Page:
OWL2pe and BASIC Stamp to light sensors
The output of the LI-COR radiation sensors is a tiny current, on the order of microamps, that varies in porportion to the light level impinging on the sensor. Each LI-COR sensor comes with a calibration tag. The calibration constant printed on the tag gives you the change in light intensity that a one microamp change in output current. For example, a Pyranometer might have a constant of 11.4 Watts/m2 per microamp, with a full sun current, at 1000 watts/m2 of 87.72 microamps. Or a Quantum PAR sensor might have a constant of 202.43 µM.m-2.s-1 per µamp. (micromoles per meter-squared seconds per microamp.), and a corresponding current output in full sun (2000 µM.m-2.s-1) of 9.88 µamps.
These tiny currents need to be amplified by our UTA module, up to a level of volts compatable with the analog converter inputs on the OWL2c logger. Please see the separate document for a description of the UTA module. Each module will be configured to have a certain LI-COR sensor as its input, and to have a certain full scale output voltage withing the range of the OWL2c. This is called a transconductance amplifier, one that amplifies a current level input from the photodiode up to a voltage level output. The units of transconductance gain are Volts per microamp. The UTA transconductance amplifier keeps zero volts across the sensor itself, and keeps the signal on the inside of the coaxial cable.
To program the OWL2c, you must know the transconductance gain setting of the amplifier and the calibration constant from the LI-COR tag. The calibration constant is entered as a */ multiplier in the program.
' example: solar radiation pyranometer ' via UTA to channel an4 ' calibration constant = 11.4 W/m^2 ' UTA on LI200 input, 0-5 volt output, transconductance gain=0.04 V/uA ADch=3 ' analog input 4 gosub ADread ' millivolts from UTA result=result*/73 ' convert to watts/m^2 gosub EElog2 ' log as word gosub show ' display as 0-->1460 +/- 1 watts/m^2
Why 73 after the */ operator?
Knowing the voltage output of the UTA amplifier, with its transconductance gain of 0.04 V/µA, and the calibration constant for the Pyranometer of 11.4 Watts/m2 per microamp, the formula to get light intensity, PYR, given voltage is:
PYR = volts * 11.4 / 0.04 = volts * 285
= millivolts * 0.285
The output of the ADread routine is millivolts. Calculate 256 * .285 = 73. This is the figure to use on the right side of the */ operator. The BS2 internally calculates result = result * 73 / 256. The division by 256 is implicit in the */ operator. Say the reading is result = 1000 millivolts to start. Then after the calculation, result = 1000 * 73 / 256 = 285 Watts/m2. This is the correct answer. By using the */ operator in this way, you are in effect approximating the 0.285 multiplier by the fraction (73/256).
For greater accuracy you can use the ** operator, which uses 65536 as the denominator in the approximation. 0.285 = 18678/65536. So,
result=result**18678 ' convert to watts/m^2
The constant may be entered directly as shown, or it may be declared at the top of the program, or it may be read from eeprom, with an option for user modification.
The same logic applies for the Quantum PAR sensor.
' example: quantum PAR sensor ' via UTA to channel an5 ' calibration constant = 202.43 µM.m-2.s-1 ' UTA on LI190 input, 0-5 volt output, transconductance gain=0.4 V/uA ADch=4 ' analog input 5 gosub ADread ' millivolts from UTA result=result**33161 ' convert to µM.m-2.s-1 gosub EElog2 ' log as word gosub show ' display as 0->2590 +/- 1 µM.m-2.s-1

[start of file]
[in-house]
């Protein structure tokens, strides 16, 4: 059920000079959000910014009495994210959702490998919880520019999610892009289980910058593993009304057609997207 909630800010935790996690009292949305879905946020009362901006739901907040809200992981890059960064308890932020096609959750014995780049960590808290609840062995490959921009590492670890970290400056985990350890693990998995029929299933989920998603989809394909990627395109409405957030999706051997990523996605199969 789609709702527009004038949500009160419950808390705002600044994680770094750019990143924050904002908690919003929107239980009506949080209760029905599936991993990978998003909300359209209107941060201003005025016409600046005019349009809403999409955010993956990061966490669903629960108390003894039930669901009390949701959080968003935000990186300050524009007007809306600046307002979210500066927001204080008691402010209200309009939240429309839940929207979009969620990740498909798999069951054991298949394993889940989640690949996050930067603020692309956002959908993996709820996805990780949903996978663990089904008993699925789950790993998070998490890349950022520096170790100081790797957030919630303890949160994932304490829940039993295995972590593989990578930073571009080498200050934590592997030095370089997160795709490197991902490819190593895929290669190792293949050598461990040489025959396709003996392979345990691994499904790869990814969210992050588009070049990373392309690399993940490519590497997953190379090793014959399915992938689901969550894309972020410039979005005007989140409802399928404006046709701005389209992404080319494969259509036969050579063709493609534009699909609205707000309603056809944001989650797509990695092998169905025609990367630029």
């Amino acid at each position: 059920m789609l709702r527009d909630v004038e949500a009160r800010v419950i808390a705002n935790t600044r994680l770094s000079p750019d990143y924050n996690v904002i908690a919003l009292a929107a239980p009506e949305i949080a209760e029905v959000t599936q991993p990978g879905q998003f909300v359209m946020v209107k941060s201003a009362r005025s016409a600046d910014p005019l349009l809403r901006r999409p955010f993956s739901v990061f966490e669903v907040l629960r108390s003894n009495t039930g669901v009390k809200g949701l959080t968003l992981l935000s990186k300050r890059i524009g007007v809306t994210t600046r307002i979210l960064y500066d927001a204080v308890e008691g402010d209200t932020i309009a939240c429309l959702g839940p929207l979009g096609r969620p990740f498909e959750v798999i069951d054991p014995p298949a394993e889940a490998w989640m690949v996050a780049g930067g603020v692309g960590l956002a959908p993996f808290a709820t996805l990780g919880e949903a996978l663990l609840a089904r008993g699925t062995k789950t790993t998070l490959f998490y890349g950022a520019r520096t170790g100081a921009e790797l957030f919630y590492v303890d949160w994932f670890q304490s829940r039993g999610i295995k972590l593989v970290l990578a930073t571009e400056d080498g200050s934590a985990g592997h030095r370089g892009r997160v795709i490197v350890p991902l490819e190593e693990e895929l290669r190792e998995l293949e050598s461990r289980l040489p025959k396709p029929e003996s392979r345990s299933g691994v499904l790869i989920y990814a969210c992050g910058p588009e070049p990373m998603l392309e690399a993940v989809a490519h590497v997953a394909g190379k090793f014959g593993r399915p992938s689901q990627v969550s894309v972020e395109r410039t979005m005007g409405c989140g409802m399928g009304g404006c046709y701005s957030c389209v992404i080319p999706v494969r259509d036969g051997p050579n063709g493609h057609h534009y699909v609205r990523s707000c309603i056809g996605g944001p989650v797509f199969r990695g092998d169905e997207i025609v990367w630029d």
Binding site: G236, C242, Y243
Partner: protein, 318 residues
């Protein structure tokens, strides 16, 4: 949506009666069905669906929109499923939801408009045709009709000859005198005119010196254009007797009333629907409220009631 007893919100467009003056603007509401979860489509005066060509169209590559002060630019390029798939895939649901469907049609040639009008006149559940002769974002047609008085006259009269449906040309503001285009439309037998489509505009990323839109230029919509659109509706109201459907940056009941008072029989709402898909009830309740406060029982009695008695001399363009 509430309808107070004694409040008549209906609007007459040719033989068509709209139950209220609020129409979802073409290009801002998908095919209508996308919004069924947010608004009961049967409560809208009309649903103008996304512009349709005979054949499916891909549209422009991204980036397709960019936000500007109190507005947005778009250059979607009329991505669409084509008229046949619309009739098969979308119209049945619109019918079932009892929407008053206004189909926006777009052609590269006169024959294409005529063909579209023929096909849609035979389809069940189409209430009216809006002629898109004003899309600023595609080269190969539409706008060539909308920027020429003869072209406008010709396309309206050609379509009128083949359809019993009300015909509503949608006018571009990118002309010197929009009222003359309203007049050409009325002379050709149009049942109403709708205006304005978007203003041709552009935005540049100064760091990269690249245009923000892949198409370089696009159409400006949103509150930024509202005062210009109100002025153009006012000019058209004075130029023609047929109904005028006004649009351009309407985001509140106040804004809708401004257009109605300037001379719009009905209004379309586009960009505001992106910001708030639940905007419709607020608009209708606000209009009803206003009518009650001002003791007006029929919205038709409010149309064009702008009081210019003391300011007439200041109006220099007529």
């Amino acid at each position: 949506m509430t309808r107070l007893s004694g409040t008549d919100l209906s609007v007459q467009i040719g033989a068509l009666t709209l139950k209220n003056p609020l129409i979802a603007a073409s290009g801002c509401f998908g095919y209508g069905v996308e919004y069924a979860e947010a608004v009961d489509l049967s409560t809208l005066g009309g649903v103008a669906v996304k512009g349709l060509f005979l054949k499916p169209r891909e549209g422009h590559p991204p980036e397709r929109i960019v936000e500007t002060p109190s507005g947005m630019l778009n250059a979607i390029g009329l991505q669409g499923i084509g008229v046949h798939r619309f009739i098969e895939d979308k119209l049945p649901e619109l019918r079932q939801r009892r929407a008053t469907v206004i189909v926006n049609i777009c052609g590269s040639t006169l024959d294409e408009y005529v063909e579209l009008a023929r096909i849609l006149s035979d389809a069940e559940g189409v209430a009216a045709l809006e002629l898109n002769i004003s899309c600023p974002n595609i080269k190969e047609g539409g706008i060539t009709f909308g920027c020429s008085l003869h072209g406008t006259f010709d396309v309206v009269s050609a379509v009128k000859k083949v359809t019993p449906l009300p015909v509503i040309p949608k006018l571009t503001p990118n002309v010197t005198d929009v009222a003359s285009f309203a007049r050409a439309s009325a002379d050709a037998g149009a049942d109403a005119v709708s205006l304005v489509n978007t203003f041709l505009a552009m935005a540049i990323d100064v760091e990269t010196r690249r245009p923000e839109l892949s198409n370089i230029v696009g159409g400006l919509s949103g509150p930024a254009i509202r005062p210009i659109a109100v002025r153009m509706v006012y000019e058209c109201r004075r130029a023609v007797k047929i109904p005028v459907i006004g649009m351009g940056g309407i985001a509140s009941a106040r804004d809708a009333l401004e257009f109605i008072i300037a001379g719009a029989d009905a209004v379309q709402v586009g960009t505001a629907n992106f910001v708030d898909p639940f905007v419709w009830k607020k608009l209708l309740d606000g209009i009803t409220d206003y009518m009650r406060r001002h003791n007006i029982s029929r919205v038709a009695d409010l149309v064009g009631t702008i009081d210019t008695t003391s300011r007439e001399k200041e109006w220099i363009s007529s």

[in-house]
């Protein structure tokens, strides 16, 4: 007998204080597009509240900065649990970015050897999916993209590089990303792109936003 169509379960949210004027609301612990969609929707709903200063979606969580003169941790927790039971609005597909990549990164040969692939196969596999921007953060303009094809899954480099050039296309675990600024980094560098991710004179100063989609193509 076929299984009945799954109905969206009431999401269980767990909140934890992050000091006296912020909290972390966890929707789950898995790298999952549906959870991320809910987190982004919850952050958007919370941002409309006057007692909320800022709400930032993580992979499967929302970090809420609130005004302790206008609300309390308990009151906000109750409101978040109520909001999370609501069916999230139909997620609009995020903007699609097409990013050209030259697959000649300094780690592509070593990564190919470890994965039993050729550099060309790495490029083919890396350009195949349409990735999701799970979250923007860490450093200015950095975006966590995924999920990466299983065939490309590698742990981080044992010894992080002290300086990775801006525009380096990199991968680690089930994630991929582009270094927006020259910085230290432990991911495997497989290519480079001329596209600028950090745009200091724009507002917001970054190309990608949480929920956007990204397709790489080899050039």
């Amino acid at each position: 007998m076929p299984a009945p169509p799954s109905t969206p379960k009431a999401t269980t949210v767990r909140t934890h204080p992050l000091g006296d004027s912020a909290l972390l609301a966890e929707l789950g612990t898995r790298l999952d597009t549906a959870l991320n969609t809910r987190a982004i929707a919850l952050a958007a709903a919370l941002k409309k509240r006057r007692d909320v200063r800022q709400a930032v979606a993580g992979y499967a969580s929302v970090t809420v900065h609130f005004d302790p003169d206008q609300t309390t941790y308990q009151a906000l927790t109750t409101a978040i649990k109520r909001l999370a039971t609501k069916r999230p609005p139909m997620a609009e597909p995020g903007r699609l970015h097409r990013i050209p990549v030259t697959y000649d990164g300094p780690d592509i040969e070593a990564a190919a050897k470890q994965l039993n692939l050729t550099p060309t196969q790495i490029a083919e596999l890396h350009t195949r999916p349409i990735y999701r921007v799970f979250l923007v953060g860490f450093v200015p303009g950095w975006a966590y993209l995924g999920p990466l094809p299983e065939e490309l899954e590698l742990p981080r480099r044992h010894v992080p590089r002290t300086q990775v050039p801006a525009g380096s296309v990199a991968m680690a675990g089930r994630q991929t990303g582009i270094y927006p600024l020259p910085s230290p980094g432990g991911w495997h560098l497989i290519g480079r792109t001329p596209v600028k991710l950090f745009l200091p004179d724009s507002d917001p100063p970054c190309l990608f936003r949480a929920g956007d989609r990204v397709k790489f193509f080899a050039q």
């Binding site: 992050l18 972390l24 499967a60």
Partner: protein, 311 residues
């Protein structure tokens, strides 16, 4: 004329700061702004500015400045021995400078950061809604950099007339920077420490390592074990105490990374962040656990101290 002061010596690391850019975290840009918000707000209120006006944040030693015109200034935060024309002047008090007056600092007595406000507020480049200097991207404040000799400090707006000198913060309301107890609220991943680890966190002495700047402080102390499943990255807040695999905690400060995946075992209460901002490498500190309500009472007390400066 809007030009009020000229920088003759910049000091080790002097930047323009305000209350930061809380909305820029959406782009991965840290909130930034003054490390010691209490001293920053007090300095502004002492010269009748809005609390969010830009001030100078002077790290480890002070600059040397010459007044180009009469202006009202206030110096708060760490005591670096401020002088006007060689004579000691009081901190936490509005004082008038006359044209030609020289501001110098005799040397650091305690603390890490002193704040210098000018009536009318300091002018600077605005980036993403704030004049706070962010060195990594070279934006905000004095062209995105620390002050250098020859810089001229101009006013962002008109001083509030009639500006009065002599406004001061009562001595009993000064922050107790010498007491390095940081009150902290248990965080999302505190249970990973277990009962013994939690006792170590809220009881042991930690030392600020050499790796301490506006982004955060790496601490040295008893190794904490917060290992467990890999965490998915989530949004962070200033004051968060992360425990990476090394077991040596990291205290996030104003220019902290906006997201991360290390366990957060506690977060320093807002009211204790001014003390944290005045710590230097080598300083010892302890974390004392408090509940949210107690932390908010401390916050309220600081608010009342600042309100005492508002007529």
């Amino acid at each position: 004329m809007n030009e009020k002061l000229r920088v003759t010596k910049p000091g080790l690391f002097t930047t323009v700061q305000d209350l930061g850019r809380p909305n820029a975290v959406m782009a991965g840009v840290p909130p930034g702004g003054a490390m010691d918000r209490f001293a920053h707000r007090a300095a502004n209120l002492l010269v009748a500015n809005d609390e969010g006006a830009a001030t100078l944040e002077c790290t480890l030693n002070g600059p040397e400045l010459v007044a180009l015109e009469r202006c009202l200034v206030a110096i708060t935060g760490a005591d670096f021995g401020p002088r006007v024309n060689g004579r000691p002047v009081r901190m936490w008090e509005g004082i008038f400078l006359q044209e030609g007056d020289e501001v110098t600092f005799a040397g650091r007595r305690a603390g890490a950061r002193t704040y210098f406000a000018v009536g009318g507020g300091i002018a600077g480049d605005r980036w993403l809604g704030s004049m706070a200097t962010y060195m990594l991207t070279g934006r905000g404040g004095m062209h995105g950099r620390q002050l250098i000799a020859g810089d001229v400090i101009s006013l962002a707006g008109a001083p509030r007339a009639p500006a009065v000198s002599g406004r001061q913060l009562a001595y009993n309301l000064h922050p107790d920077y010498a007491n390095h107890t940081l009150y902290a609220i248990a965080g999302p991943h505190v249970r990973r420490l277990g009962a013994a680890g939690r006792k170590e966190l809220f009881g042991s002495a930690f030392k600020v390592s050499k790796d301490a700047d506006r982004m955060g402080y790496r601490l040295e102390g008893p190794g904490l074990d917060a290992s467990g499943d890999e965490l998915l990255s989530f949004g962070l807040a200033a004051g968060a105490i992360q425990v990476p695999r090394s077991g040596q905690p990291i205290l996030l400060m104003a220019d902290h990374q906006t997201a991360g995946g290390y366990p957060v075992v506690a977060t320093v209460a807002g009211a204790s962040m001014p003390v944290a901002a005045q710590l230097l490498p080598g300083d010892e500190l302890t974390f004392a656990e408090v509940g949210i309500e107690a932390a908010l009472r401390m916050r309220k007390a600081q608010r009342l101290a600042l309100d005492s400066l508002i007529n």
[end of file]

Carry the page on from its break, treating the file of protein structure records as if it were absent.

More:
Why the 259/2 on the right side of the **operator? Knowing the voltage output of the UTA amplifier, with its transconductance gain of 0.4 V/µA, and the calibration constant for the Pyranometer of 11.4 Watts/m2 per microamp, the formula to get light intensity, PYR, given voltage is:
as a calculator would do it: PYR = volts * 11.4 / 0.04 = volts * 506.075 = millivolts * 0.506
The output of the ADread routine is millivolts, and this formula converts that into PAR. Calculate 65536 * .506 = 33161. The approximation for the BS2 is, 0.506 = 33161/65536.
Light intensity can vary wildly over the course of an hour, or over the course of minutes as clouds occult the sun. Direct sunlight is much more intense than indirect sunlight. It may be desirable to average the light intensity over the course of time. Please see the separate section on averaging.
The UTA amplifier output cannot go all the way to zero. It typically has a minimum reading of 8 or 10 millivolts even in the dark. Sometimes it is necessary for display go to zero. This can be accomplished best by having a minimum value cutoff as part of the ADread subroutine.
Indoor light can hardly register at all on a linear scale that has full sunlight as full scale. Our eyes are remarkably adaptable. Studies of indoor light, with photometers, sometimes need to use much higher transconductance gains than are used out of doors.
Similar sensors are manufactured by Skye Instruments of Wales UK, and by Kip and Zonen, and by Davis Instruments. Kip & Zonen pyranometer produces a small voltage that needs to be amplified by about x100. The emesys model USEA can be used for this purpose. The Davis Instruments sensor and most models of the Skye instruments sensors have a built-in transconductance amplifier, and the output of the sensor can be interfaced directly to the OWL2c.
Another section deals with other light measurement instruments--the radiometers and star pyranometers.